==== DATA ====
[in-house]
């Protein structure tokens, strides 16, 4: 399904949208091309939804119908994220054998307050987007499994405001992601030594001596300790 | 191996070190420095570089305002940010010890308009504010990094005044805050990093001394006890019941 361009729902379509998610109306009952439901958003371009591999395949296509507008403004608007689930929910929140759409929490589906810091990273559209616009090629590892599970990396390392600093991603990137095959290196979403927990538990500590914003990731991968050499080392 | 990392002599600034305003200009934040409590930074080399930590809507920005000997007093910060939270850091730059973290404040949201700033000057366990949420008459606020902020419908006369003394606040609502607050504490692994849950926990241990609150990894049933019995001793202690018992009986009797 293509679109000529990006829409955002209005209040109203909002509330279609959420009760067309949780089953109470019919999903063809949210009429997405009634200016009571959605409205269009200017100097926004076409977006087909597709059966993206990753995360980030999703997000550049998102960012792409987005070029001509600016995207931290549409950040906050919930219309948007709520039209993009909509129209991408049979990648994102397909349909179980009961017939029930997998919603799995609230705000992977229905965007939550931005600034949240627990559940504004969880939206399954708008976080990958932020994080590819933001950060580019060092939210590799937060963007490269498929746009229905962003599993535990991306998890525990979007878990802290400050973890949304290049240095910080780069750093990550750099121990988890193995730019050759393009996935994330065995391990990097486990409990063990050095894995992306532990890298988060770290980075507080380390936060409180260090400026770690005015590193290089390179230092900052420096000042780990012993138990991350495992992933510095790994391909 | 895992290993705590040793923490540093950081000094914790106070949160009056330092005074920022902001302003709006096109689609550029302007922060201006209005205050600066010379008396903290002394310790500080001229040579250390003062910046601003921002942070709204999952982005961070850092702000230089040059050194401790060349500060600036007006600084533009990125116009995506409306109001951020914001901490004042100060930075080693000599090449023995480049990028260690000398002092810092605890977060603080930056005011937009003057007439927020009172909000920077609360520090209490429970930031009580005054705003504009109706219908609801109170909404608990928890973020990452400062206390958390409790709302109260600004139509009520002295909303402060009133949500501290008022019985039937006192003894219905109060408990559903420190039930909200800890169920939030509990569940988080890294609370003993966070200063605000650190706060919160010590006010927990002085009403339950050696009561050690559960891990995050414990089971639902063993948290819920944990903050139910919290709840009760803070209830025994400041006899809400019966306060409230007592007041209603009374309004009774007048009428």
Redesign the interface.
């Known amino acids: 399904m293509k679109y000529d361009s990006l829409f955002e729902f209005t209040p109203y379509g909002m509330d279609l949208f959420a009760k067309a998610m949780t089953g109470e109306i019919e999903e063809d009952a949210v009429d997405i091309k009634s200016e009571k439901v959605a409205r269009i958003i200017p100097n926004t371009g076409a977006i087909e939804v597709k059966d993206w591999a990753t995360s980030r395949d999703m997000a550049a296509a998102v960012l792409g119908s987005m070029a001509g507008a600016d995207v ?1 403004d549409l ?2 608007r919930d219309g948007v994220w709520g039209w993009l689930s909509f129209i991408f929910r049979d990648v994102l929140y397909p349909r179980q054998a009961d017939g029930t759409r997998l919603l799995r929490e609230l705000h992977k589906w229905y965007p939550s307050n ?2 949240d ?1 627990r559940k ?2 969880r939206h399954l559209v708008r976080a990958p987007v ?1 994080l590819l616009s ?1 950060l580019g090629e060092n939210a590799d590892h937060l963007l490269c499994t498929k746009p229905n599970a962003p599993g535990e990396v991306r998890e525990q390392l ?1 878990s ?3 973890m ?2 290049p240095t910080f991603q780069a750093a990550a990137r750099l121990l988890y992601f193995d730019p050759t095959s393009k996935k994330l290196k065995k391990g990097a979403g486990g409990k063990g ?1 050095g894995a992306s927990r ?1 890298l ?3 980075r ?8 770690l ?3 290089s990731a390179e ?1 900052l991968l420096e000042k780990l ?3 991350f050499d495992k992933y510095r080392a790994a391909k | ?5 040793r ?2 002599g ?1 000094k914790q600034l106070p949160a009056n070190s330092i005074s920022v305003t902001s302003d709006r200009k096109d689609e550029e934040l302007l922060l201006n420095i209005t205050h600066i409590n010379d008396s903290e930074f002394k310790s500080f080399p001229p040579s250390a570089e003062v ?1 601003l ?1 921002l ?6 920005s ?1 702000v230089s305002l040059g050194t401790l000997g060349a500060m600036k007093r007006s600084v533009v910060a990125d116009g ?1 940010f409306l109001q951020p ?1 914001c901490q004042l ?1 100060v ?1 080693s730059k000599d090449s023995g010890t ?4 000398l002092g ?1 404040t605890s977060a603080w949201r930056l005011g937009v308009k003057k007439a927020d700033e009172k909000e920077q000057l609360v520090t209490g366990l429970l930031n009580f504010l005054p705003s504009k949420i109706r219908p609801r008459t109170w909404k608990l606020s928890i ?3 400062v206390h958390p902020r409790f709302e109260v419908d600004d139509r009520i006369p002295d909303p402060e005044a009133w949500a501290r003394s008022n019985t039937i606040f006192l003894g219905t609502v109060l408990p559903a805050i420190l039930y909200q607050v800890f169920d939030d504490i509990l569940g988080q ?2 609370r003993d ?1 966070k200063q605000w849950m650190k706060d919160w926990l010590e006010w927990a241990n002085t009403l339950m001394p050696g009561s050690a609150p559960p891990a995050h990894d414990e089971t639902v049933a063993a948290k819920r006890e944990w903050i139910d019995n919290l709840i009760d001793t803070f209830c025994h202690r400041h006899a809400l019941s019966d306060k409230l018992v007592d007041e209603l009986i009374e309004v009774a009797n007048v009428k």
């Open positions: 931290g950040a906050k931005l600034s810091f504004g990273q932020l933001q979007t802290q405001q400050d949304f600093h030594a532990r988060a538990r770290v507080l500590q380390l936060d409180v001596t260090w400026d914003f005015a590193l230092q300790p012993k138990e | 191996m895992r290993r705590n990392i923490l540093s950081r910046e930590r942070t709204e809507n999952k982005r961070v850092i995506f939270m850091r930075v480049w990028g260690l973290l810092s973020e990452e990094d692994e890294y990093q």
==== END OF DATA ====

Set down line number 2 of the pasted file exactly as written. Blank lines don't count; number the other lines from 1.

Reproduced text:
């Protein structure tokens, strides 16, 4: 399904949208091309939804119908994220054998307050987007499994405001992601030594001596300790 | 191996070190420095570089305002940010010890308009504010990094005044805050990093001394006890019941 361009729902379509998610109306009952439901958003371009591999395949296509507008403004608007689930929910929140759409929490589906810091990273559209616009090629590892599970990396390392600093991603990137095959290196979403927990538990500590914003990731991968050499080392 | 990392002599600034305003200009934040409590930074080399930590809507920005000997007093910060939270850091730059973290404040949201700033000057366990949420008459606020902020419908006369003394606040609502607050504490692994849950926990241990609150990894049933019995001793202690018992009986009797 293509679109000529990006829409955002209005209040109203909002509330279609959420009760067309949780089953109470019919999903063809949210009429997405009634200016009571959605409205269009200017100097926004076409977006087909597709059966993206990753995360980030999703997000550049998102960012792409987005070029001509600016995207931290549409950040906050919930219309948007709520039209993009909509129209991408049979990648994102397909349909179980009961017939029930997998919603799995609230705000992977229905965007939550931005600034949240627990559940504004969880939206399954708008976080990958932020994080590819933001950060580019060092939210590799937060963007490269498929746009229905962003599993535990991306998890525990979007878990802290400050973890949304290049240095910080780069750093990550750099121990988890193995730019050759393009996935994330065995391990990097486990409990063990050095894995992306532990890298988060770290980075507080380390936060409180260090400026770690005015590193290089390179230092900052420096000042780990012993138990991350495992992933510095790994391909 | 895992290993705590040793923490540093950081000094914790106070949160009056330092005074920022902001302003709006096109689609550029302007922060201006209005205050600066010379008396903290002394310790500080001229040579250390003062910046601003921002942070709204999952982005961070850092702000230089040059050194401790060349500060600036007006600084533009990125116009995506409306109001951020914001901490004042100060930075080693000599090449023995480049990028260690000398002092810092605890977060603080930056005011937009003057007439927020009172909000920077609360520090209490429970930031009580005054705003504009109706219908609801109170909404608990928890973020990452400062206390958390409790709302109260600004139509009520002295909303402060009133949500501290008022019985039937006192003894219905109060408990559903420190039930909200800890169920939030509990569940988080890294609370003993966070200063605000650190706060919160010590006010927990002085009403339950050696009561050690559960891990995050414990089971639902063993948290819920944990903050139910919290709840009760803070209830025994400041006899809400019966306060409230007592007041209603009374309004009774007048009428």